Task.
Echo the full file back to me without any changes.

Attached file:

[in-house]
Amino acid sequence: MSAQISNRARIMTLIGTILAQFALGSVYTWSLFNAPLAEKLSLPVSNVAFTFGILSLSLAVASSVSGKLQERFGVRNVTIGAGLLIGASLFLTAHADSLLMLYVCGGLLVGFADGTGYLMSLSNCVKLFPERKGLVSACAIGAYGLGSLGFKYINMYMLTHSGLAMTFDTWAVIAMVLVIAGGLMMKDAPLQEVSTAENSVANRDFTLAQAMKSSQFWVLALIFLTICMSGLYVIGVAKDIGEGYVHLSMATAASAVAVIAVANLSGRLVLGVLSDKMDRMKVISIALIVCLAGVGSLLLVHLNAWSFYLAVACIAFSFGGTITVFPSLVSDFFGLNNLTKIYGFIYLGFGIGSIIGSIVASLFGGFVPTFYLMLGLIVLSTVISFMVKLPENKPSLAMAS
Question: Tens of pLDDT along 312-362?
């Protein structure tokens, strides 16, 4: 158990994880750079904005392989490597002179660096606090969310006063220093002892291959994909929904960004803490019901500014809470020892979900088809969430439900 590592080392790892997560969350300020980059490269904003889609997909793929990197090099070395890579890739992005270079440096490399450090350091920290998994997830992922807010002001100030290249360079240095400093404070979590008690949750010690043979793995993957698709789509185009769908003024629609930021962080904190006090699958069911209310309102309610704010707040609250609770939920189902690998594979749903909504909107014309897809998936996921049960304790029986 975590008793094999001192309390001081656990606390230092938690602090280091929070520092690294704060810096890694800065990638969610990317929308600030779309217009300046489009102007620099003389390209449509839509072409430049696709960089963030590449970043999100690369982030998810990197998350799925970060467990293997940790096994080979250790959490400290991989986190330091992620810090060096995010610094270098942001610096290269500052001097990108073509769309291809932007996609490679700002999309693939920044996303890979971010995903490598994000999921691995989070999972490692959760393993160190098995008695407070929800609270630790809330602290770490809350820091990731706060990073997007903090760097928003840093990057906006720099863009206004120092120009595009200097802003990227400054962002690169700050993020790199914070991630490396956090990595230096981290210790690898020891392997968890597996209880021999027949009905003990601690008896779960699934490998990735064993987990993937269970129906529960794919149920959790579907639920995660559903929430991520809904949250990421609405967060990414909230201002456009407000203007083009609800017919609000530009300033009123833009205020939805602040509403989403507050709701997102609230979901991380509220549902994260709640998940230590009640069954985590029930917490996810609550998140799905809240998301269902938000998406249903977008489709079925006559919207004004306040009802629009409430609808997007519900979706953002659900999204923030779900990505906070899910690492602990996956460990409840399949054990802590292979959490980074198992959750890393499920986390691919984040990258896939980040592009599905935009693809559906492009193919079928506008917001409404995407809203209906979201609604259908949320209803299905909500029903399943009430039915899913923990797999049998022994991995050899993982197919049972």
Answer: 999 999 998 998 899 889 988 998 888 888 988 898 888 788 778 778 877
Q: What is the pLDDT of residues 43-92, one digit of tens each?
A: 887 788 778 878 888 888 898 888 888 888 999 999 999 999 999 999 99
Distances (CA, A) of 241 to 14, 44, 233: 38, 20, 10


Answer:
[in-house]
Amino acid sequence: MSAQISNRARIMTLIGTILAQFALGSVYTWSLFNAPLAEKLSLPVSNVAFTFGILSLSLAVASSVSGKLQERFGVRNVTIGAGLLIGASLFLTAHADSLLMLYVCGGLLVGFADGTGYLMSLSNCVKLFPERKGLVSACAIGAYGLGSLGFKYINMYMLTHSGLAMTFDTWAVIAMVLVIAGGLMMKDAPLQEVSTAENSVANRDFTLAQAMKSSQFWVLALIFLTICMSGLYVIGVAKDIGEGYVHLSMATAASAVAVIAVANLSGRLVLGVLSDKMDRMKVISIALIVCLAGVGSLLLVHLNAWSFYLAVACIAFSFGGTITVFPSLVSDFFGLNNLTKIYGFIYLGFGIGSIIGSIVASLFGGFVPTFYLMLGLIVLSTVISFMVKLPENKPSLAMAS
Question: Tens of pLDDT along 312-362?
């Protein structure tokens, strides 16, 4: 158990994880750079904005392989490597002179660096606090969310006063220093002892291959994909929904960004803490019901500014809470020892979900088809969430439900 590592080392790892997560969350300020980059490269904003889609997909793929990197090099070395890579890739992005270079440096490399450090350091920290998994997830992922807010002001100030290249360079240095400093404070979590008690949750010690043979793995993957698709789509185009769908003024629609930021962080904190006090699958069911209310309102309610704010707040609250609770939920189902690998594979749903909504909107014309897809998936996921049960304790029986 975590008793094999001192309390001081656990606390230092938690602090280091929070520092690294704060810096890694800065990638969610990317929308600030779309217009300046489009102007620099003389390209449509839509072409430049696709960089963030590449970043999100690369982030998810990197998350799925970060467990293997940790096994080979250790959490400290991989986190330091992620810090060096995010610094270098942001610096290269500052001097990108073509769309291809932007996609490679700002999309693939920044996303890979971010995903490598994000999921691995989070999972490692959760393993160190098995008695407070929800609270630790809330602290770490809350820091990731706060990073997007903090760097928003840093990057906006720099863009206004120092120009595009200097802003990227400054962002690169700050993020790199914070991630490396956090990595230096981290210790690898020891392997968890597996209880021999027949009905003990601690008896779960699934490998990735064993987990993937269970129906529960794919149920959790579907639920995660559903929430991520809904949250990421609405967060990414909230201002456009407000203007083009609800017919609000530009300033009123833009205020939805602040509403989403507050709701997102609230979901991380509220549902994260709640998940230590009640069954985590029930917490996810609550998140799905809240998301269902938000998406249903977008489709079925006559919207004004306040009802629009409430609808997007519900979706953002659900999204923030779900990505906070899910690492602990996956460990409840399949054990802590292979959490980074198992959750890393499920986390691919984040990258896939980040592009599905935009693809559906492009193919079928506008917001409404995407809203209906979201609604259908949320209803299905909500029903399943009430039915899913923990797999049998022994991995050899993982197919049972």
Answer: 999 999 998 998 899 889 988 998 888 888 988 898 888 788 778 778 877
Q: What is the pLDDT of residues 43-92, one digit of tens each?
A: 887 788 778 878 888 888 898 888 888 888 999 999 999 999 999 999 99
Distances (CA, A) of 241 to 14, 44, 233: 38, 20, 10